History of Korean Language and Literature
Chinese literature was very influential in Korean writing. It was commonly used around 300 AD during the Chinese invasion of North Korea. After the war, Koreans began to write in Classical Chinese. 414 AD. Later, they developed three separate writing systems for Korean with Chinese using characters: Hyangchal, Gukyeol, and Idu.
The Idu system takes a combination of Chinese characters along with special symbols to signify endings of the Korean verb and other grammatical signs. It used for many centuries in official and confidential reports. The Hyangchal system takes Chinese characters to describe Korean sounds. Korean literature and poetry both use it.
Most Koreans could write in Classical Chinese or Korean with Gukyeol or Idu systems. A writing system combining Chinese characters (Hanja) and Hangeul became influential in the 19th and 20th centuries. However, the importance of Chinese characters in Korean writing has decreased significantly since 1945.
School kids in South Korea master more than thousands of characters or Hanja by the end of junior high school. Most Korean pieces of literature are in Hangeul. However, academic papers and official documents are often a mixture of Hangeul and Hanja.
Notable Features of Hangul
- Korean was traditionally written in vertical columns from right to left. Since then, writing horizontally from left to right has become popular. Today, most texts follow the same direction.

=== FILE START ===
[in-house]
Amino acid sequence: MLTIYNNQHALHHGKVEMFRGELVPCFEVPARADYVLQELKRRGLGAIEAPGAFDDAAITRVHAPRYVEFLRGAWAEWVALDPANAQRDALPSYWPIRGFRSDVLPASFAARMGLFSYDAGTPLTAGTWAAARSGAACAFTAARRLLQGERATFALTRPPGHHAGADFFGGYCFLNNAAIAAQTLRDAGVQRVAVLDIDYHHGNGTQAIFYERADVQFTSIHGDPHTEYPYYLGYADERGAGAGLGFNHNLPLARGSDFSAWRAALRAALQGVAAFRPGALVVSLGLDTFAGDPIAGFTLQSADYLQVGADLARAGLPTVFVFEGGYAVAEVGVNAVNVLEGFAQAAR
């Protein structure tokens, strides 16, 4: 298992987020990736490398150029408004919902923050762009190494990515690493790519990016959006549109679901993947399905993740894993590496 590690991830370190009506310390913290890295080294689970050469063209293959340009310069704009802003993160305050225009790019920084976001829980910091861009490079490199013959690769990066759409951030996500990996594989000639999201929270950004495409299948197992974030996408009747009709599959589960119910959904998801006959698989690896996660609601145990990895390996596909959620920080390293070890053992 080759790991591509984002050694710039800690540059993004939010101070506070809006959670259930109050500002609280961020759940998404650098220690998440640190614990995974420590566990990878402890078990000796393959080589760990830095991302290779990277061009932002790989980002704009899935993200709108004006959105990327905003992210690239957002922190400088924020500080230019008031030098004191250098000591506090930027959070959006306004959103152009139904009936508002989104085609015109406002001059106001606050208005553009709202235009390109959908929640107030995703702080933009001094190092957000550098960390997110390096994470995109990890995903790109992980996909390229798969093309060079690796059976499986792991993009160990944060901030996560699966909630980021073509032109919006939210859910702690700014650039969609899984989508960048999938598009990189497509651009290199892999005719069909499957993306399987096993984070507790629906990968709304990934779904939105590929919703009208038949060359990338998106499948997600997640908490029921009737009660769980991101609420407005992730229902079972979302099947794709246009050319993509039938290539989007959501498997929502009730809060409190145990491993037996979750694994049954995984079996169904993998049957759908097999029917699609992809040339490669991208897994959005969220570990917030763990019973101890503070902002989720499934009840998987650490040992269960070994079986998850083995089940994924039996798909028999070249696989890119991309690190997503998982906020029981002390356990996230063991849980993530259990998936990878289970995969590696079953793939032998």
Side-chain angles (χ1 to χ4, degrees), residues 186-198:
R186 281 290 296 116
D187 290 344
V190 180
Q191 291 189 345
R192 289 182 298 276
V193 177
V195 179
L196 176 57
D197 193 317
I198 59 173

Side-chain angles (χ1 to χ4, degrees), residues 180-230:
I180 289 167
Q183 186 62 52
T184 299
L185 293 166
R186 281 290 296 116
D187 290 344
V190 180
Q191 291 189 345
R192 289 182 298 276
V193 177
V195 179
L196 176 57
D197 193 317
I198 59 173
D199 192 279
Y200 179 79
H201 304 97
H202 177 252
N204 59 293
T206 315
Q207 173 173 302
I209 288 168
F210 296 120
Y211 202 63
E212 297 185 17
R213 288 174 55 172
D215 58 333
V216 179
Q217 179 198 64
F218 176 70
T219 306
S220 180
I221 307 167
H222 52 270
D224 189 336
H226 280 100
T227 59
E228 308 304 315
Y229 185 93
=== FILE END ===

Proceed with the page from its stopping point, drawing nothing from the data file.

- There are 14 consonants and ten vowels in the Korean alphabet. The letters form syllable blocks.
- Consonant forms n, m, and ng are visual depictions of the mouth and tongue when you pronounce them.
- There are three main elements in Korean vowels, such as a vertical line (human), a horizontal line (earth), and a dot (Heaven). The celestial dot becomes a short line in modern Korean Hangeul.
- Spaces go between words that may consist of one or more syllables.
What’s the Easiest Way to Learn Hangul?
Hangul may seem intimidating at first, but it’s really easy to learn. In fact, you can master Hangul in less than an hour. And to get there faster, you can pair your Korean lessons with trusted language learning methods, such as spaced repetition systems (SRS).
Here’s how to implement your own SRS quickly. Start by looking over your Hangul lesson and trying to remember as much of it as you can. Don’t worry if you can’t recall most of it the next day. Keep repeating your lessons with increasing distance to push the new information into your long term memory. Remember: the more you practice, the more time you can leave between your lessons.
You can also try chunking to complement comprehensible input. Divide the alphabet into vowels, consonants, and double consonants. You can also break them up into groups, separating this way them can enhance your memory and help you remember your language lessons better.
The Best Way to Learn Korean
The best way to learn about a language is to reach fluency in it. And if you want to reach Korean fluency, then there’s a quick way to do it. Then you need a few things: a combination of the best language learning methods, a reliable, and a convenient language learning app that brings the fun back to language learning.
In other words, you need OptiLingo. Our app gives you high-frequency words, so you’ll learn exactly how the locals speak. And you’ll never get stuck learning useless vocabulary. Instead, you’ll start speaking like a local from your first less. Thousands have tried and succeeded with this method. Try OptiLingo today!